Learning to Fly… A-sentiment-for-starting-big-school

Me, about 30 years ago…

One of my best friends flew over at the weekend. It’s a short flight. If that. Hardly up before you’re down again. If someone buys a coffee and BLT the crew barely get time to go down the aisle with the warm-perfume trolley or try to sell you a diamante key ring with a flying bear on it. But none of that really matters. You still go up 30,000 feet. You’re still sitting with your head in the clouds. And I suppose if you’re a little bit scared of flying, it really doesn’t matter how long you’re flying for, or where you’re going. You probably don’t even know exactly why you’re scared. But you do know there’s a whole lot of sky under your feet.

So, we’re starting Primary One and it turns out it’s a short flight. It’s only an hour on the first day. They mainly ‘just’ play and listen to a story. They don’t actually wear the full school uniform yet, the proper little pinafore and white knee socks that my daughter is desperate to wear. And once they do finish the ‘settling in’ period – it’s still only a couple of hours they’re actually there. Hardly time to let your nail varnish dry (she says tongue firmly in cheek). The ‘snack trolley’ doesn’t even come around.

But none of that really matters. The length of the flight I mean.

What matters is when you find yourself standing in the kitchen the night before it All Begins, tears running down your cheeks, trying to get your iron-on name tags to iron on, despite the fact you’ve used the iron three times this year thanks to his chunkier cousin, the tumble drier, and so when it says ‘use medium setting or mid temp’ it might as well say ‘hjhdffbbfkgfgbdjf’ because quite frankly this is the bit you’re not good at. You suddenly realise two things:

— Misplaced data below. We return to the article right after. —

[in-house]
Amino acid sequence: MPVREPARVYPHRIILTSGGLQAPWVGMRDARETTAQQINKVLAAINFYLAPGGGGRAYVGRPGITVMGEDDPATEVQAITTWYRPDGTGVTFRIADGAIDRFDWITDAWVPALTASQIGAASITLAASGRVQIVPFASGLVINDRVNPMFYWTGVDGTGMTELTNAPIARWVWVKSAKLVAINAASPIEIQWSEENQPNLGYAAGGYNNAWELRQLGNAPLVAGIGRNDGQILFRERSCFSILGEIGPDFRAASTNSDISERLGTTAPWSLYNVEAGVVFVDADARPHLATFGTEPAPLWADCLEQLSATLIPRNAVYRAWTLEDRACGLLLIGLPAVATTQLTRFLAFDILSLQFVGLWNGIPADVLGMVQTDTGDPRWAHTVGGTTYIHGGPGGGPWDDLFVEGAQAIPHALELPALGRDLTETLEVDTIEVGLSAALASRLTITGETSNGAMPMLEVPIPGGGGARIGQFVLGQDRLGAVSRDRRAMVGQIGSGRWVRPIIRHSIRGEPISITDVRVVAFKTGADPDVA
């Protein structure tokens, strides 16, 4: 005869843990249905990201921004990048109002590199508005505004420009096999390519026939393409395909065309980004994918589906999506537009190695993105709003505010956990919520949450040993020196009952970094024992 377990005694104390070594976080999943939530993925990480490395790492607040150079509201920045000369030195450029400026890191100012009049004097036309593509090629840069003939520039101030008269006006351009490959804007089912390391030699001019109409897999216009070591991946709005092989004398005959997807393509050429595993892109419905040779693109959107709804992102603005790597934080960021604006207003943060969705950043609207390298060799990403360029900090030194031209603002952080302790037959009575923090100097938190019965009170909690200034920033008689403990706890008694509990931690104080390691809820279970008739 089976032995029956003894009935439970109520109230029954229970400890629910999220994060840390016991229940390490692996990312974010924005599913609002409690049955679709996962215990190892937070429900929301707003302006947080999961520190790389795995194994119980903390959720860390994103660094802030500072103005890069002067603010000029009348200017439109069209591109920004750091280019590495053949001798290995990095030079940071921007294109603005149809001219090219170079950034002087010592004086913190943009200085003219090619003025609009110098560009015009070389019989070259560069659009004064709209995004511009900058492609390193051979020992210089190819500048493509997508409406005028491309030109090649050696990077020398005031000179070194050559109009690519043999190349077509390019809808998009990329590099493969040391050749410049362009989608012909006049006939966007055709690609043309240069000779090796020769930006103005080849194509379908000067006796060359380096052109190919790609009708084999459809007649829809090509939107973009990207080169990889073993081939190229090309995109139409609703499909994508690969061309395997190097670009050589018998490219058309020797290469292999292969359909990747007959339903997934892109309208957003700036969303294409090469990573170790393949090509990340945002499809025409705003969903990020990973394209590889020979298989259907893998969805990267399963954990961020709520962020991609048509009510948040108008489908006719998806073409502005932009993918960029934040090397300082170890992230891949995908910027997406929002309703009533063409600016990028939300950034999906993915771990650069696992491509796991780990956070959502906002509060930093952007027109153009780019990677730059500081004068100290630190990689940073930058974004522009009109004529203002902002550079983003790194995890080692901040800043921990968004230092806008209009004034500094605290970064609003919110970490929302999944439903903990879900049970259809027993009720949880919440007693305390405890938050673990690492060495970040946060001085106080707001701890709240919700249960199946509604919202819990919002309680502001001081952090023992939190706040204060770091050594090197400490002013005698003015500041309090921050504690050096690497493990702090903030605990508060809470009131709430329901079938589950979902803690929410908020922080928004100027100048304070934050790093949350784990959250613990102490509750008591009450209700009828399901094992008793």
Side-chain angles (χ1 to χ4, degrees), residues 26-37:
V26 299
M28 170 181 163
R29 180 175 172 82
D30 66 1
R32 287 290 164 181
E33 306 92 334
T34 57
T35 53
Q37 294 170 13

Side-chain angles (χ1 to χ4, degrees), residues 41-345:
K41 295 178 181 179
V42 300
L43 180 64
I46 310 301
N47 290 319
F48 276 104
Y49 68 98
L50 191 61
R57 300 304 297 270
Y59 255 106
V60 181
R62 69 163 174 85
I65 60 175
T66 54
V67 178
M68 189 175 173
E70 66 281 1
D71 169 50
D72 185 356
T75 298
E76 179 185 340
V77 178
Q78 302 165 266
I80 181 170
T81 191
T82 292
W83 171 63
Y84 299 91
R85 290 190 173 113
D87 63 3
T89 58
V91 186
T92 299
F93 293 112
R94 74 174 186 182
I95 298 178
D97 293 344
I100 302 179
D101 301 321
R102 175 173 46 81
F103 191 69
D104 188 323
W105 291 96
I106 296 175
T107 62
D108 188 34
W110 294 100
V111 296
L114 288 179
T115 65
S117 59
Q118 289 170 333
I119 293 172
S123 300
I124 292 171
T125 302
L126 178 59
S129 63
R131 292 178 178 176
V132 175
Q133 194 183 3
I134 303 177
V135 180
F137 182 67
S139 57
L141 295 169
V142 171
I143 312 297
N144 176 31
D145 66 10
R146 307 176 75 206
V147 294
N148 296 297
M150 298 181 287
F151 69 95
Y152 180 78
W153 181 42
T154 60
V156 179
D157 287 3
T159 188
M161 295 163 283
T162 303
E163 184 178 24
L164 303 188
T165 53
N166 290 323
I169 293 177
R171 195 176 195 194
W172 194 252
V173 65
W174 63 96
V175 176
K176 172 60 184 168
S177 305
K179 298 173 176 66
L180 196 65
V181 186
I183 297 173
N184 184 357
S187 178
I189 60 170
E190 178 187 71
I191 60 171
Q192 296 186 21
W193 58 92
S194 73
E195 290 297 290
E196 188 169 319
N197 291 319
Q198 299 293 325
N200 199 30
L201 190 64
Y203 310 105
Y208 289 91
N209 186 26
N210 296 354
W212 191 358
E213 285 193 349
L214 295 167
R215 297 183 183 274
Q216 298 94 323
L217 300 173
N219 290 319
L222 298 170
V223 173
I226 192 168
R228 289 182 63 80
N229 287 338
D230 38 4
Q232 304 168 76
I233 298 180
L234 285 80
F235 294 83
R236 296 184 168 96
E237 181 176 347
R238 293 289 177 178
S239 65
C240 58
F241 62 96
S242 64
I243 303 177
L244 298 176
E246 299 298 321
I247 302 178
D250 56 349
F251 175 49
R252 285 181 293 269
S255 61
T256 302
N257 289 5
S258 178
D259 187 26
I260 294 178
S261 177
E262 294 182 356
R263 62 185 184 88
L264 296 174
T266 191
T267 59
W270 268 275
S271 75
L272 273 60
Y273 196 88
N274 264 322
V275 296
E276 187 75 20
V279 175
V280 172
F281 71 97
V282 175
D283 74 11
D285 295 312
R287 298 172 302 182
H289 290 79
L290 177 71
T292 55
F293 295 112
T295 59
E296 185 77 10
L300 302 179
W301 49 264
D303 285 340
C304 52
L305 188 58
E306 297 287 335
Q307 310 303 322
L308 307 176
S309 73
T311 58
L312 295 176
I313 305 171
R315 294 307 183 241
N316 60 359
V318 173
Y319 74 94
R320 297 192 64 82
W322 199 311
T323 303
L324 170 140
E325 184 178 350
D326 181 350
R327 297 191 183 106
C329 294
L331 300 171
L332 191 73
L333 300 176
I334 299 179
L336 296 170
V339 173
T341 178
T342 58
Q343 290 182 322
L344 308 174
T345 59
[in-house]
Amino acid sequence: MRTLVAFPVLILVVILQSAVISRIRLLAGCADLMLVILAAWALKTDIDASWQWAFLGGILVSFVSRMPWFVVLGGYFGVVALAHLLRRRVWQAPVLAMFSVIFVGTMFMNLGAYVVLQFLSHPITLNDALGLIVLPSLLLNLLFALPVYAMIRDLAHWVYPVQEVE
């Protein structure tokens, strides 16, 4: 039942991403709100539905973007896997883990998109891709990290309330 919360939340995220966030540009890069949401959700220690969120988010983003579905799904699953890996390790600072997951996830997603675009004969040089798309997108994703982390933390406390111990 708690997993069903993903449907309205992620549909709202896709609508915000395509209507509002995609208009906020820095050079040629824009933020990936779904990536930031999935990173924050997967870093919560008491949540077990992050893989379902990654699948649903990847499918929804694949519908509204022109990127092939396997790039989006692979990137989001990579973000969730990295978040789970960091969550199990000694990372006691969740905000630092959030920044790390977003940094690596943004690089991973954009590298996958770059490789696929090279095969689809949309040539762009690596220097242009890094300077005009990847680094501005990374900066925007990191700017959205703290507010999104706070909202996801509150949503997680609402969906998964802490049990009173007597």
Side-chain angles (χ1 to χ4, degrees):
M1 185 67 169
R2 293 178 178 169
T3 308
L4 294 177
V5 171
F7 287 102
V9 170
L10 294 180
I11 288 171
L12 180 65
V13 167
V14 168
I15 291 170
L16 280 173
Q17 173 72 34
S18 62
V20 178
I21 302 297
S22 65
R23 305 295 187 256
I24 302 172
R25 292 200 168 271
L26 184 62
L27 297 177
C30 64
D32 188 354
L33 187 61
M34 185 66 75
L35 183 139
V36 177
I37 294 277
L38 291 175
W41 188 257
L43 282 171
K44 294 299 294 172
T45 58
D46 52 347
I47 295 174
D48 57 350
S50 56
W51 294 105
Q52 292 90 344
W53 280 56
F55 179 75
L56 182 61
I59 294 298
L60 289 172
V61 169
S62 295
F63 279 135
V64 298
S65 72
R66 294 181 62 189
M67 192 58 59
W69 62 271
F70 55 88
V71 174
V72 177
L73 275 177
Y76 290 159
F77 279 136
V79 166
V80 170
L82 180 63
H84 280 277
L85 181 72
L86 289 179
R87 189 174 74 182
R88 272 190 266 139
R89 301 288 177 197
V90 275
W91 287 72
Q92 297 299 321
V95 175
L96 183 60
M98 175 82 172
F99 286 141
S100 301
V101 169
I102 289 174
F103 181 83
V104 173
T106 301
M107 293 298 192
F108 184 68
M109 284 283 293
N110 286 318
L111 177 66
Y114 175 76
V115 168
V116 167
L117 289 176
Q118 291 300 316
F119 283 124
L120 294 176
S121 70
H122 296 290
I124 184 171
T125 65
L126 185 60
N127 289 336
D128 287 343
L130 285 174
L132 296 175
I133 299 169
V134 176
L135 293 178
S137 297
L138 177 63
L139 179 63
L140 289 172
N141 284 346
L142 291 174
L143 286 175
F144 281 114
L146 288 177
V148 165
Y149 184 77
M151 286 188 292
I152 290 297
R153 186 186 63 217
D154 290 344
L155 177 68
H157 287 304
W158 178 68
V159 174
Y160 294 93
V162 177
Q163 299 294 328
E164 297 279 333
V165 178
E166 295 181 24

1. This would make an amazing M&S advert for school uniforms – this very scene – the Mum standing ironing the tags on the new clothes. Dramatic tear lands on uniform and sizzles under the iron. #everymilestone
  2. You are ‘The Mum’. This is very, very real. And you’re probably a bit scared.

It’s one of those moments that people tell you is a Big One. And the thing is, I thought I was oka about it. Because I presumed the reason people feel teary is because they’re sad about missing their wee one for that hour or two every day, or because they feel their ‘baby’ is slipping away.

That’s not how I feel.

Because that’s the thing, that’s the reason it’s hard to iron name tags on. Everyone feels it differently. For me, the tears were one big muddle. Of love, of pride, of joy, of excitement, of fear. But mainly it was just seeing her name. My palindrome. The same forwards as backwards. I’d never seen it on a name tag before.

I’ve written it hundreds of times, on birthday cards, medical forms, crayon drawings of Mummy, Daddy and brother. But there was something indefinable about seeing it so neat, so pristine, so ready, completely ‘uniform’ on her new school jumper.

And although I’m just standing ironing in my kitchen on a Sunday night, like thousands of parents across the country – in my mind we’re getting ready to fly. To go to some really exciting new places, to learn to read, to understand stories we couldn’t read before, to make letters and know they mean something. To play every day like it matters more than breath. Because it sort of does.

Monday morning comes and we are ready for take off. Seat belts are on and baggage is stowed well out of sight. She comes into the room and I swallow back my tears, comedy-yawn and turn them into silly-nonsense-mummy-got an-eyelash-in-her-eye. I remember what they say in the on-flight safety card you have to read before you fly somewhere very exciting: “Always fit your own oxygen mask before helping others.” And so I breathe. And together we let a little bit of sky pass under our feet.

By Kerry Thomson

Read Kerry’s blog at Ithinkthatsagibbon.wordpress.com

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